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Legislative Assembly for the ACT: 1999 Week 13 Hansard (9 December) . . Page.. 4192 ..

MR CORBELL (continuing):

much use for this facility; but there will be some who will use this facility because they believe it to be a valuable place for them to inject safely.

Mr Speaker, it has been said from the other side of this place, I think by Mr Smyth, that if the supervised injecting place saves only one life it is a positive step. I agree wholeheartedly with that comment. I agree with that comment because that sort of presentation of the issue puts it in its context. It says, "This is not the be-all and end-all. This is not it as far as the debate goes". Once we have made the decision it is not all over. We cannot walk away and feel assured that we have fixed the problem because that will not be the case. This will be an issue that we as a society must continue to tackle. This is not a debate or an issue that will go away easily, but providing another option which is as safe as it can be, an option which is compassionate and which demonstrates that we do care as a society, is something that should be pursued.

Mr Speaker, the Labor Opposition has worked constructively in this debate. I want to commend my leader, Mr Stanhope, for the real leadership he has shown on this issue. I do so not in any partisan way. I say this because it is refreshing to see a leader of any major political party prepared to come out and say, "We know that this issue is difficult. We know that this issue presents problems and we know that it polarises many people in our community, but we are going to support this Bill because we believe it is the right thing to do". That is a refreshing approach. It is a refreshing approach for me to see coming from my party. I have given Mr Stanhope my full support for the approach he has taken.

Mr Speaker, another comment I would like to make relates to the us and them philosophy we have heard expounded in the chamber tonight. In many respects I think it is the philosophy similar to that in 18th century England, where people were gaoled, indeed transported, for the most minimal of offences, not against people but against property, when they themselves were caught up in a broader social question of poverty and unemployment and an inability to participate fully in society. In 18th century England those people were punished by society, labelled as criminals and given draconian punishments.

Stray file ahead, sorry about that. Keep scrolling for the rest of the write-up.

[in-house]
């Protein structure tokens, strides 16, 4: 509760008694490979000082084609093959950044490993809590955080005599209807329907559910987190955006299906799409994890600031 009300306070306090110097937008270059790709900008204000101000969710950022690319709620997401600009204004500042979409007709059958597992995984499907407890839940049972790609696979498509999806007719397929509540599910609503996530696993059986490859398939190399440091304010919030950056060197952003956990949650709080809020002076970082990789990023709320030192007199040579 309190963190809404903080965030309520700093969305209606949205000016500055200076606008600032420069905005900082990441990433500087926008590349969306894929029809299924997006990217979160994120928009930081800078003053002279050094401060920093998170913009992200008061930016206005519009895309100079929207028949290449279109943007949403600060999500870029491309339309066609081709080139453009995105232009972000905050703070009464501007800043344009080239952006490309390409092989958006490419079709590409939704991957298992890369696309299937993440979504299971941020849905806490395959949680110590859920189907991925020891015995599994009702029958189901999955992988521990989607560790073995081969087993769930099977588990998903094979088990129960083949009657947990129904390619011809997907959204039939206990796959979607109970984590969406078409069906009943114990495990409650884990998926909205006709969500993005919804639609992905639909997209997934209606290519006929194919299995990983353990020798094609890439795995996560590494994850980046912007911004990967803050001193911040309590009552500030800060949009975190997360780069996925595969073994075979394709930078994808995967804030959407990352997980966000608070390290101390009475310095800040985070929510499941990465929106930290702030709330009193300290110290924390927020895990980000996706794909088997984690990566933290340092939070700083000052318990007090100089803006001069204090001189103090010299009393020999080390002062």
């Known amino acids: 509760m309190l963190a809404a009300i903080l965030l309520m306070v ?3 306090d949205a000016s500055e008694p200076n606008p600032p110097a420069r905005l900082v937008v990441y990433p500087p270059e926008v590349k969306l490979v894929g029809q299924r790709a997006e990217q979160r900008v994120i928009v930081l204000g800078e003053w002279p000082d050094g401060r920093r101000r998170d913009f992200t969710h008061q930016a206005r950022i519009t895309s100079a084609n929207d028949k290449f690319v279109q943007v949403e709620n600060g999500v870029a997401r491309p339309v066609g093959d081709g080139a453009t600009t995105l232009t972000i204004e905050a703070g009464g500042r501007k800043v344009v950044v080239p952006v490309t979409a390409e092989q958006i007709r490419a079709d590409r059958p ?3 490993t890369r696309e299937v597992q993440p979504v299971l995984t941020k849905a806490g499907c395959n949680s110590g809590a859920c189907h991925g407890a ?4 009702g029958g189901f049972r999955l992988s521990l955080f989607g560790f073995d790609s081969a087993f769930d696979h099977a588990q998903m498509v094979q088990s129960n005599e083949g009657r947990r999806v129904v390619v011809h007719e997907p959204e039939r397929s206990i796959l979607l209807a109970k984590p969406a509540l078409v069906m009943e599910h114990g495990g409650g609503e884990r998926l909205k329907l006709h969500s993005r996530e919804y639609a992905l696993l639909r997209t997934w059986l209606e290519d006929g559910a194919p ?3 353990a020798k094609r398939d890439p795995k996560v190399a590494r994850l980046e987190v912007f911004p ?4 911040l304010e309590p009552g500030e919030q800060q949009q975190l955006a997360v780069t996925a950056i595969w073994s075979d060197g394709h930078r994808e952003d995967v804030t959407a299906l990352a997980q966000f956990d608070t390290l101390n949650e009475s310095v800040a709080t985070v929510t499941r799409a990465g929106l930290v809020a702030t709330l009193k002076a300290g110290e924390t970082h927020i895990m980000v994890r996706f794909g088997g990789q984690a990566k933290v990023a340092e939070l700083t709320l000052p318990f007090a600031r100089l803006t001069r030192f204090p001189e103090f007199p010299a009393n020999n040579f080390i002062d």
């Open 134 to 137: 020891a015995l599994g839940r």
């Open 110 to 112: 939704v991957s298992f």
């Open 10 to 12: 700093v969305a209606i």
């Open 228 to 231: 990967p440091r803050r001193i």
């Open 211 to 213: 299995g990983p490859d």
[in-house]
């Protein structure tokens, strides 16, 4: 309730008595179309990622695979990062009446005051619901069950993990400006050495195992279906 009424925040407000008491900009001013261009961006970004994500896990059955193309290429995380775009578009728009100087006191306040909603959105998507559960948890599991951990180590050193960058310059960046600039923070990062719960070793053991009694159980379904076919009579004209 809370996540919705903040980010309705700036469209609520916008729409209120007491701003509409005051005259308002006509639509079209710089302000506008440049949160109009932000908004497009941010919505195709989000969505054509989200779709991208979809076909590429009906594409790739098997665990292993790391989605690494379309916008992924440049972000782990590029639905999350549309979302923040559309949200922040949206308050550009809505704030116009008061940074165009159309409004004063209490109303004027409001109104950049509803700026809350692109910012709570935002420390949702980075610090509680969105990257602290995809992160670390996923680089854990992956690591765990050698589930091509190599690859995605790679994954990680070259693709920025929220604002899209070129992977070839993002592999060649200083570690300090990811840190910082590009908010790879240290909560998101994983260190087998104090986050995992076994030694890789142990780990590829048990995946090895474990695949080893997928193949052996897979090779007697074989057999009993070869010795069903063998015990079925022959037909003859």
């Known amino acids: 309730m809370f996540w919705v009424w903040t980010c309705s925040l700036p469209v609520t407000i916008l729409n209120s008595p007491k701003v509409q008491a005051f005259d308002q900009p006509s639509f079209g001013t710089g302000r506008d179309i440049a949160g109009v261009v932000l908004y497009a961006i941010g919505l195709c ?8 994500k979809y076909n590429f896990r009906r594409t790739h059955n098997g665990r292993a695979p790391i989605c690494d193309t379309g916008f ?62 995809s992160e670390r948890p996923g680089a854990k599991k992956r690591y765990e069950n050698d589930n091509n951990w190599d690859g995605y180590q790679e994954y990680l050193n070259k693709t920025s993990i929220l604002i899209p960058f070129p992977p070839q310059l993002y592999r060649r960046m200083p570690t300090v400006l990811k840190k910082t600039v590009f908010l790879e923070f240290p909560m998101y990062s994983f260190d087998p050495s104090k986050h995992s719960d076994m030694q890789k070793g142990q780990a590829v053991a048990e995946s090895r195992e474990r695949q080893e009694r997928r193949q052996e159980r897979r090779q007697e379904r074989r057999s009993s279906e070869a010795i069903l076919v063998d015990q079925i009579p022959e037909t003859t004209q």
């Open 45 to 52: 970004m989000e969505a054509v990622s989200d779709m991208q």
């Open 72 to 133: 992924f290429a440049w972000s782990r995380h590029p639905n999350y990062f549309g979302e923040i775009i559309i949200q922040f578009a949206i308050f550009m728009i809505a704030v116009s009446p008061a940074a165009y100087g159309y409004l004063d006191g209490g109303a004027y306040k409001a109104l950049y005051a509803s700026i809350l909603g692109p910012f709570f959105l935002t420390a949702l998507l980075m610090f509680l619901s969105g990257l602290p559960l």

In modern day Australia there are those who would argue that we should take a similar, uncompromising line with those who are caught up in a social malaise. That is, to my mind, Mr Speaker, a simplistic, uncaring and uncompassionate view, and we should not attempt to emulate it. We should not be prepared to agree that it is the way to proceed. Mr Speaker, instead of using the word "selfish", I would like to use the word "compassionate". Instead of "plague", I would suggest we use the word "illness" or "addiction". Instead of the word "criminal", I would suggest that we need to use a word such as "victim".

Mr Speaker, people are caught up in this most dreadful of malaises in our community and we will not progress the issue by simply saying, "It's us and them", "It's black and white", and "It's a case of just saying no". Tonight we have the opportunity to demonstrate an approach which is caring, compassionate, sensible and worth while. I urge members to take such a positive step.

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